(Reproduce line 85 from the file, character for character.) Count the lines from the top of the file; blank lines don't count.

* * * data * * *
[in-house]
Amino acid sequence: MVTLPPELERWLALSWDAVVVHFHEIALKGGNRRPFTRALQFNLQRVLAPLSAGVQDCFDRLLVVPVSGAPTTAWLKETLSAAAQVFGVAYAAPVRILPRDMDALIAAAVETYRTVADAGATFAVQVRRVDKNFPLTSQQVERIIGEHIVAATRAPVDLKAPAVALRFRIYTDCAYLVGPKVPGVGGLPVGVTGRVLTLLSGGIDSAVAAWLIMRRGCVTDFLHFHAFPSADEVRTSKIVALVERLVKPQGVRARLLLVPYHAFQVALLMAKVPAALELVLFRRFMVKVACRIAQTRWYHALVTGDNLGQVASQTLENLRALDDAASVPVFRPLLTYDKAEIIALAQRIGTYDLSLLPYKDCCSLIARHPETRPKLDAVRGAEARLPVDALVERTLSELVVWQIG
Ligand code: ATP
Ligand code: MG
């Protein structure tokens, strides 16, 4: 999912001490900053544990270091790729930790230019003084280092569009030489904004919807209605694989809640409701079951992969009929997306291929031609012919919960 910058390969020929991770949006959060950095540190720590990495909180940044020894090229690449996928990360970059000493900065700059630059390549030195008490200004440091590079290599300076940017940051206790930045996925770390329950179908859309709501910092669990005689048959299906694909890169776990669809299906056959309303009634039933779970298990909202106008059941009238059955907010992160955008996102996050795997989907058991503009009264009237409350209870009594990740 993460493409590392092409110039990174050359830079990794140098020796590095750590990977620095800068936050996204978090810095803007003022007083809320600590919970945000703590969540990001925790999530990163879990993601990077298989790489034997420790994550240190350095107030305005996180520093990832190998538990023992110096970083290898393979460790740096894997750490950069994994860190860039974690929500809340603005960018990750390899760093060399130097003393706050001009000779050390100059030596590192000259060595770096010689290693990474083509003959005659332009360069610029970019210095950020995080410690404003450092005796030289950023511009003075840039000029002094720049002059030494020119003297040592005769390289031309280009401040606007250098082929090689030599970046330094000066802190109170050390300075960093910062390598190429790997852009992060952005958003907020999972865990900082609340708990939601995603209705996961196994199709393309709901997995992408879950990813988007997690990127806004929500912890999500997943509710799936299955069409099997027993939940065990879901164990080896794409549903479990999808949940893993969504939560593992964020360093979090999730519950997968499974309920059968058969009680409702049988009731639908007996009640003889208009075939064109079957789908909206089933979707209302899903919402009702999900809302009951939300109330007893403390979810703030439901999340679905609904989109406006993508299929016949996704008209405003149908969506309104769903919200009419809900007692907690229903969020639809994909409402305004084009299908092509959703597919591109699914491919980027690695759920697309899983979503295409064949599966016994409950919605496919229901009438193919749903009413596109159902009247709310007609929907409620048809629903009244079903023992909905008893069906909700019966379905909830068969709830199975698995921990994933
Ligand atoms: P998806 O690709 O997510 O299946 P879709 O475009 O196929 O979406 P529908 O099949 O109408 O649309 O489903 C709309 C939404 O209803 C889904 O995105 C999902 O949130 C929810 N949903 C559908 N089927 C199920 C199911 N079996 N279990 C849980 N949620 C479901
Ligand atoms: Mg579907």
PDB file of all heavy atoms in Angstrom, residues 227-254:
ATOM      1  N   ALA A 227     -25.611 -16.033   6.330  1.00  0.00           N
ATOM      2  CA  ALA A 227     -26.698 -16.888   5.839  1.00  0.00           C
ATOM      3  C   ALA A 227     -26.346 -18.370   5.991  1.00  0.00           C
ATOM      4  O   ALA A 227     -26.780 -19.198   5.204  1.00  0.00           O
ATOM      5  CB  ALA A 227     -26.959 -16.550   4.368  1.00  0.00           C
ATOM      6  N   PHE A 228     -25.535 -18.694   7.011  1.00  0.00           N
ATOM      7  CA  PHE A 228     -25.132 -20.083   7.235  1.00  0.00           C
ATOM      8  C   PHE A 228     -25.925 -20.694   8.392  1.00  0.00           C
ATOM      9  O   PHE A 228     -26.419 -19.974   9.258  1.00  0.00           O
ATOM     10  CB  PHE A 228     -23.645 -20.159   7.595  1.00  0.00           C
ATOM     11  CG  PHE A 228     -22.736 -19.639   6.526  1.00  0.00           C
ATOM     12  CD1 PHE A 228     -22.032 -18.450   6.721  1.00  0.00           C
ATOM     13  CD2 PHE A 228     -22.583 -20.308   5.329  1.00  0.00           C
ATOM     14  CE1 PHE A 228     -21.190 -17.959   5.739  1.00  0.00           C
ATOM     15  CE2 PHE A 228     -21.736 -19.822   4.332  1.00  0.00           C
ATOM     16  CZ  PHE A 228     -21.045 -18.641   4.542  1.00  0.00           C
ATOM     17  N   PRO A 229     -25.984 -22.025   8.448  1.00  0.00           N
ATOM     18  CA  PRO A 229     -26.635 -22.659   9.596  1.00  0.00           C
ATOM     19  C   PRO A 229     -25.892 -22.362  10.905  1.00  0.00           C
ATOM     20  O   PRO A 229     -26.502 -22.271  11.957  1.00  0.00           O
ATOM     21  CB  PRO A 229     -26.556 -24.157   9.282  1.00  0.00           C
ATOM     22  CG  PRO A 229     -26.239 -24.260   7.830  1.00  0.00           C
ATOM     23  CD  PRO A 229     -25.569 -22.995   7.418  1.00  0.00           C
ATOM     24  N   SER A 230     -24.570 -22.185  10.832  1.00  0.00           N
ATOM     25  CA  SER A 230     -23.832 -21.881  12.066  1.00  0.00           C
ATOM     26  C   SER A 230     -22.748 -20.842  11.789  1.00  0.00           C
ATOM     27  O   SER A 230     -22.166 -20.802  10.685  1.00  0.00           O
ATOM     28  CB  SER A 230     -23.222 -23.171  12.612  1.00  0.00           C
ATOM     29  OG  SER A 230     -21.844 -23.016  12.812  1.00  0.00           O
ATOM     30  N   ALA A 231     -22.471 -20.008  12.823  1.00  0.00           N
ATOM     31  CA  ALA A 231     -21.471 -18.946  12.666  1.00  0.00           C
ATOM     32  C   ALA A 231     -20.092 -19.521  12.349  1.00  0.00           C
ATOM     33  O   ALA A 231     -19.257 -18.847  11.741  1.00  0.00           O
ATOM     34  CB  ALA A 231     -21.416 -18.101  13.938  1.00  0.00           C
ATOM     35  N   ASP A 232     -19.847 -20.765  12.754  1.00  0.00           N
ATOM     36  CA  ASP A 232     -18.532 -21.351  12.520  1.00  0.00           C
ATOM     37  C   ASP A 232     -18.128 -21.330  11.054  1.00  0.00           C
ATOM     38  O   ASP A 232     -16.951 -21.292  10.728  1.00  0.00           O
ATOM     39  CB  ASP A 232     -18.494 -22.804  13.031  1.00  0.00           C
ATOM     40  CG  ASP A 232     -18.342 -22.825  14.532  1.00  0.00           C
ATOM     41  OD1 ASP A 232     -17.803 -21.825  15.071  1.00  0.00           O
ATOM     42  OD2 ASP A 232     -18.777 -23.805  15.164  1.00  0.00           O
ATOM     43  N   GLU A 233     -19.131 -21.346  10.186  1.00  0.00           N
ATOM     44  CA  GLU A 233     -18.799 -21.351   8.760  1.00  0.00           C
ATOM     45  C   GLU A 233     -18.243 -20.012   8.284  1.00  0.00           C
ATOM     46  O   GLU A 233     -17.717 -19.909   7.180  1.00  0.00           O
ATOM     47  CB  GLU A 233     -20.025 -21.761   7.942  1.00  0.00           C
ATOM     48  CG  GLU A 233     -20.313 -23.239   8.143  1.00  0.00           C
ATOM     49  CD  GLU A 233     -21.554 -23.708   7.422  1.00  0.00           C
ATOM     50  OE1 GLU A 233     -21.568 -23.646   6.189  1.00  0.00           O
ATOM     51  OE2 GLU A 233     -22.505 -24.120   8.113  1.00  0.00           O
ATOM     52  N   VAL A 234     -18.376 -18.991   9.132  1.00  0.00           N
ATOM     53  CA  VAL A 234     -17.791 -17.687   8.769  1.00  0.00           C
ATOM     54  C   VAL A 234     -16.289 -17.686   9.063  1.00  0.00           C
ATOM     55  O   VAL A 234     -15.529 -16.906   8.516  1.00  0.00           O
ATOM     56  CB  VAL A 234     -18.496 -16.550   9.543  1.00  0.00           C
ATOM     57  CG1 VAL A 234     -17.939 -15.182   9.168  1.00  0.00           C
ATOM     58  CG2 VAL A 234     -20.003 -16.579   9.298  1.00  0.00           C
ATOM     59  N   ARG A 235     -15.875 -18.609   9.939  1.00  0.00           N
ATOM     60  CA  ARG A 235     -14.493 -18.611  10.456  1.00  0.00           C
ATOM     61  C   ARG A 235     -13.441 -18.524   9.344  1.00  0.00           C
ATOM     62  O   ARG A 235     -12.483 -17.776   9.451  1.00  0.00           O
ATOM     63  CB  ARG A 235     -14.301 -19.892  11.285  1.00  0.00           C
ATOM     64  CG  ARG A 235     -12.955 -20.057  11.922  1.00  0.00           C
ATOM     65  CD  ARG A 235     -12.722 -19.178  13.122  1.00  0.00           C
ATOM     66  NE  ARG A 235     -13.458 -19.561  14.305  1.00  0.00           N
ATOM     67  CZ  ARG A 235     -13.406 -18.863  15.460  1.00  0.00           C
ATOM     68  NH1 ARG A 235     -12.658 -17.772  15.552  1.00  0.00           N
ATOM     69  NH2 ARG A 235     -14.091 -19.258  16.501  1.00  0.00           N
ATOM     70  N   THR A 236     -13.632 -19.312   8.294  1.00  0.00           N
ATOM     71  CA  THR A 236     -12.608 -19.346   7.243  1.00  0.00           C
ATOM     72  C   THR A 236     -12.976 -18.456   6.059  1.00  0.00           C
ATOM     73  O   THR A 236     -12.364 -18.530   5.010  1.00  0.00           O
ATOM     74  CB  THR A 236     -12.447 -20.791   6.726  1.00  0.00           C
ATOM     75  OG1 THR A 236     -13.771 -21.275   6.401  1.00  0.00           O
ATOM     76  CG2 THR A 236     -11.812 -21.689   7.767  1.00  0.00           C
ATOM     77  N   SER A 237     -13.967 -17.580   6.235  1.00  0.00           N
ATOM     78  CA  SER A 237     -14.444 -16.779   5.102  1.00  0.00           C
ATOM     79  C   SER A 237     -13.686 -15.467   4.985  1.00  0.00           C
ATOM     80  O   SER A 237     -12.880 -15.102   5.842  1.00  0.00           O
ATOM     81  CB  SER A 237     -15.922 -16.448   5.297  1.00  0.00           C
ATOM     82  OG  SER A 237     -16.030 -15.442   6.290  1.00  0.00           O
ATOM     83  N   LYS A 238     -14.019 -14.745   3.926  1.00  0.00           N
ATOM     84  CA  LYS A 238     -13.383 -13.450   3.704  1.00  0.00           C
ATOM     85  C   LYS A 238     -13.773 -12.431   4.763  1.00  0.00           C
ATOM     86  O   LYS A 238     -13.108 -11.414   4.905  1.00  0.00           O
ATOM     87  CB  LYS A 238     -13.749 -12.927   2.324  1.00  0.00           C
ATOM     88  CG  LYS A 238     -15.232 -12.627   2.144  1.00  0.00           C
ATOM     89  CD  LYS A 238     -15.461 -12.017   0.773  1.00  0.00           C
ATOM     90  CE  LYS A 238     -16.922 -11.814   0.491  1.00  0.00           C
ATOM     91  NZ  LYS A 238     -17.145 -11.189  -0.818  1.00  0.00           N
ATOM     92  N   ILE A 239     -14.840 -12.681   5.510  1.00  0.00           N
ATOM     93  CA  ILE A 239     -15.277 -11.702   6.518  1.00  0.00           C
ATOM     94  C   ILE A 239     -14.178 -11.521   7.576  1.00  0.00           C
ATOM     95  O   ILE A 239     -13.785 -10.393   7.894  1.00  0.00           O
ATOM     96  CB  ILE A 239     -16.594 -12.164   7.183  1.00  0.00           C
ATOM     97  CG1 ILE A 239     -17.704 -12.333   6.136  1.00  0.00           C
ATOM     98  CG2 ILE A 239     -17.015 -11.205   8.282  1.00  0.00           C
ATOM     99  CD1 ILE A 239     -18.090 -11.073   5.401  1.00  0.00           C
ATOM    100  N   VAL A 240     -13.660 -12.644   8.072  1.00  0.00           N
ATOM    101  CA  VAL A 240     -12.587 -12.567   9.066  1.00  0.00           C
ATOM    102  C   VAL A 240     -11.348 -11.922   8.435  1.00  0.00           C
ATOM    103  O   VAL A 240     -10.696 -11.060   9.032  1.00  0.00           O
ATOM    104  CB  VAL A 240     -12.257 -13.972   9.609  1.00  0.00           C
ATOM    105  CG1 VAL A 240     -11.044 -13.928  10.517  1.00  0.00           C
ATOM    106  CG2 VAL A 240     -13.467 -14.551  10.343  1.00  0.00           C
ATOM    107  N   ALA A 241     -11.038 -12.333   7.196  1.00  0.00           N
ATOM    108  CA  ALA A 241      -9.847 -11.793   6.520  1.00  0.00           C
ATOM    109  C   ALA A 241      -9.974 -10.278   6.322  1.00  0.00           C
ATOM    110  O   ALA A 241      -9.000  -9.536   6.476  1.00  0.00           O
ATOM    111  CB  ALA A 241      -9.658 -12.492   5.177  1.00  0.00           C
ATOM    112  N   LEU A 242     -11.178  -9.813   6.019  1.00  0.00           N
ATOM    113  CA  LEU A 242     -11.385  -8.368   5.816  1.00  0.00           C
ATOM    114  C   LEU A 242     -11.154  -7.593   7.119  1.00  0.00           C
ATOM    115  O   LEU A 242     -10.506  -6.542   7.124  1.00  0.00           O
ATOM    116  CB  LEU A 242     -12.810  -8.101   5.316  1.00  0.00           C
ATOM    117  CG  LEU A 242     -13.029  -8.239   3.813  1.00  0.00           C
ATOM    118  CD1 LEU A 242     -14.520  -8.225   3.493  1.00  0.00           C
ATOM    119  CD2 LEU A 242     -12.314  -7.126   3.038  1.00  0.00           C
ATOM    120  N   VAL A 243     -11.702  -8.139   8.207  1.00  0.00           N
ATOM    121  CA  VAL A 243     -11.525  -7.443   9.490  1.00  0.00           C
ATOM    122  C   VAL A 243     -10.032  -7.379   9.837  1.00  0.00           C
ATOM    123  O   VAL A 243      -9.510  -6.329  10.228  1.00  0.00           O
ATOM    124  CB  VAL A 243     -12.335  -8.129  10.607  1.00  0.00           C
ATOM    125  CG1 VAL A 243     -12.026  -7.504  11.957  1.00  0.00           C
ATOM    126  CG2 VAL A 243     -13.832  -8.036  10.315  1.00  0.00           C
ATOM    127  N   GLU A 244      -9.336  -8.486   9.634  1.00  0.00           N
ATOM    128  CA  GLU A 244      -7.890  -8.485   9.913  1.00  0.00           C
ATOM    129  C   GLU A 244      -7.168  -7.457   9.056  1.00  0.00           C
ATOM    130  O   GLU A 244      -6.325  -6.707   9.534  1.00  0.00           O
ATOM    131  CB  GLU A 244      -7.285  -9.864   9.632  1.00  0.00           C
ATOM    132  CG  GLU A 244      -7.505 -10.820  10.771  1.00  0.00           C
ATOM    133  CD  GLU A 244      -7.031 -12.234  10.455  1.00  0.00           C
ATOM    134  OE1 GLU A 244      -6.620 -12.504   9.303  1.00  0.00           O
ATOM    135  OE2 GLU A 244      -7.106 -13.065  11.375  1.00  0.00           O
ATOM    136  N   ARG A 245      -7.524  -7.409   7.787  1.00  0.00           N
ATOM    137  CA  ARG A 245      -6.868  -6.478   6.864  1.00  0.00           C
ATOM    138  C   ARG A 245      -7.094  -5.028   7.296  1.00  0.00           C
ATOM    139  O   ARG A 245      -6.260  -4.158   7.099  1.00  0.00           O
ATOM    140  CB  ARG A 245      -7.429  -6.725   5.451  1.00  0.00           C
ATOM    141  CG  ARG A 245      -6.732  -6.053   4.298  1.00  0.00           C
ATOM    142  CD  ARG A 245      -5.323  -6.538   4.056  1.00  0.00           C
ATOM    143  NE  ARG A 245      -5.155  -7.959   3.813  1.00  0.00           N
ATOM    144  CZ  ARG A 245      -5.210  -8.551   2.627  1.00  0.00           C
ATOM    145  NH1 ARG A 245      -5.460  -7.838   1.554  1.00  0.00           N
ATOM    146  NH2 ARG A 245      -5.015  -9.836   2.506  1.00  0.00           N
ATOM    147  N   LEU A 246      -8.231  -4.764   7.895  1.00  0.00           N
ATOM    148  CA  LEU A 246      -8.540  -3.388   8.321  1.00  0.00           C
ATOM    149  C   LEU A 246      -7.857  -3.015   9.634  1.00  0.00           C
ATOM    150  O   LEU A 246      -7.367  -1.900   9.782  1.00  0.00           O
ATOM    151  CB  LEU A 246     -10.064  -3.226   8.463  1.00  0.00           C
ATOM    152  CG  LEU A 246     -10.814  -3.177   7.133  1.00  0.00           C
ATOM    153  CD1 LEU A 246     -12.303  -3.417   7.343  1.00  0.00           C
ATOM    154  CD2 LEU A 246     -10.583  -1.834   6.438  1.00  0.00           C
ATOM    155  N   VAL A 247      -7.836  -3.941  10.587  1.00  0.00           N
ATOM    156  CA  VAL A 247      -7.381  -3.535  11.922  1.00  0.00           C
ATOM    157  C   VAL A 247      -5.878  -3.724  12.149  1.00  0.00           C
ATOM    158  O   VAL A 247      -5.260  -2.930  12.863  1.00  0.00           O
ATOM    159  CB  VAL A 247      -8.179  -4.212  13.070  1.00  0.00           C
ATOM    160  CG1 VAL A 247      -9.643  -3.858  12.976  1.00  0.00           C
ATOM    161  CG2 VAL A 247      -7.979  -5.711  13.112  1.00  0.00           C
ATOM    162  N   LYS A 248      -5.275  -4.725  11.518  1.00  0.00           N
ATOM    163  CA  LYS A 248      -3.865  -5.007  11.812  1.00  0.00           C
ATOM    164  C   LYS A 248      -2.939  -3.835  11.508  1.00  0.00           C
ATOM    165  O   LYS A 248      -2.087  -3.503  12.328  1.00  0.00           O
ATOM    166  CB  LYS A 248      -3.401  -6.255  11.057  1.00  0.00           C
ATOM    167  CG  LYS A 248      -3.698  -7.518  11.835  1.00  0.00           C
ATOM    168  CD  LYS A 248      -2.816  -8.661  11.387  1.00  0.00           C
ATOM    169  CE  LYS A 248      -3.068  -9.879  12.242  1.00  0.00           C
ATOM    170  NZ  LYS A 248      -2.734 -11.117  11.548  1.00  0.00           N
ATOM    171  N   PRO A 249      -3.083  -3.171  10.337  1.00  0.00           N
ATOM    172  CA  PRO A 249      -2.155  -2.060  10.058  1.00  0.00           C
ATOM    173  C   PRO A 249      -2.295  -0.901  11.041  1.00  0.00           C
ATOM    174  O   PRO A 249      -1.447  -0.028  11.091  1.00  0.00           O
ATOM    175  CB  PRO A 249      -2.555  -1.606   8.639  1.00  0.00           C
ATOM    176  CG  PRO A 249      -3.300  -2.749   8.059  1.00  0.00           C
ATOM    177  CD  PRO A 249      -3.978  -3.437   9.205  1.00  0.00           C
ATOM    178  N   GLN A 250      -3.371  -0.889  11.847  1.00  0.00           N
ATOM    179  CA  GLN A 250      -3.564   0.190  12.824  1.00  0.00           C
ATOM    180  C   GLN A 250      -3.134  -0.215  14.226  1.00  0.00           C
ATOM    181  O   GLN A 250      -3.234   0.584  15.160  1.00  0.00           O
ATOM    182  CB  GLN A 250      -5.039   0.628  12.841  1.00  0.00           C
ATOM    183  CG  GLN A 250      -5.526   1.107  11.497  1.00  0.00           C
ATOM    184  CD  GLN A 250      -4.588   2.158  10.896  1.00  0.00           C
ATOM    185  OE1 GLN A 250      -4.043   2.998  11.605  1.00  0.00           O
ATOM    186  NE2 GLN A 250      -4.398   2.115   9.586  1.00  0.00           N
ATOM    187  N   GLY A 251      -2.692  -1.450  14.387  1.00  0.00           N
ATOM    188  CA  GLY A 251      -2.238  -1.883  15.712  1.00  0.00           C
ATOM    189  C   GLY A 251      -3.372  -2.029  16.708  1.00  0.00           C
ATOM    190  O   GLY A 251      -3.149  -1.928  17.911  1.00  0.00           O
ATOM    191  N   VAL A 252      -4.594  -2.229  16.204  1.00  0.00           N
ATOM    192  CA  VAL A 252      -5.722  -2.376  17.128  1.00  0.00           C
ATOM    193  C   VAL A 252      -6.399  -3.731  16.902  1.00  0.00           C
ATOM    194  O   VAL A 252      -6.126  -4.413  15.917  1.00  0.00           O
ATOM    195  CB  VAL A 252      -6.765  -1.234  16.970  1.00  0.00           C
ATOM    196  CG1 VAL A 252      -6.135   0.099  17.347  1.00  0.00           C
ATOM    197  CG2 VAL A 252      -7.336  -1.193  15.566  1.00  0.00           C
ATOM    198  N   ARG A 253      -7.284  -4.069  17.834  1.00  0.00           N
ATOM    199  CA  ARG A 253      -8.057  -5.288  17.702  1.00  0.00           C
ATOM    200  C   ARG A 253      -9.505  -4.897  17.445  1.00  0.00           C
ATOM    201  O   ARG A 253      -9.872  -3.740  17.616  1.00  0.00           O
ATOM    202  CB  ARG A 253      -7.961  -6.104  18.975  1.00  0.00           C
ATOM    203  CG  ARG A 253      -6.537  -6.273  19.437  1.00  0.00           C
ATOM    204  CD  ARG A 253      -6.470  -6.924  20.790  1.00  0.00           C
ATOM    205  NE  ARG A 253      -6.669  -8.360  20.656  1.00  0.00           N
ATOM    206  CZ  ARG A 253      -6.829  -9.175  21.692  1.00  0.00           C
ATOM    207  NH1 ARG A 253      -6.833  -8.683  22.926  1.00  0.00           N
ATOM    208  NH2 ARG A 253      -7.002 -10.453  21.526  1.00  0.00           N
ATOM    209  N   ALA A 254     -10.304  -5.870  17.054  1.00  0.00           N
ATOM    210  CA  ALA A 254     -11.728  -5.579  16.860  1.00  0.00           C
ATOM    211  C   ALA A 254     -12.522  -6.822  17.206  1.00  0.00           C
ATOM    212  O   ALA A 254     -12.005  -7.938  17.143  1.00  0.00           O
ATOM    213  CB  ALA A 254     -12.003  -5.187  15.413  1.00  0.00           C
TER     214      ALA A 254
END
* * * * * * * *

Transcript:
ATOM     77  N   SER A 237     -13.967 -17.580   6.235  1.00  0.00           N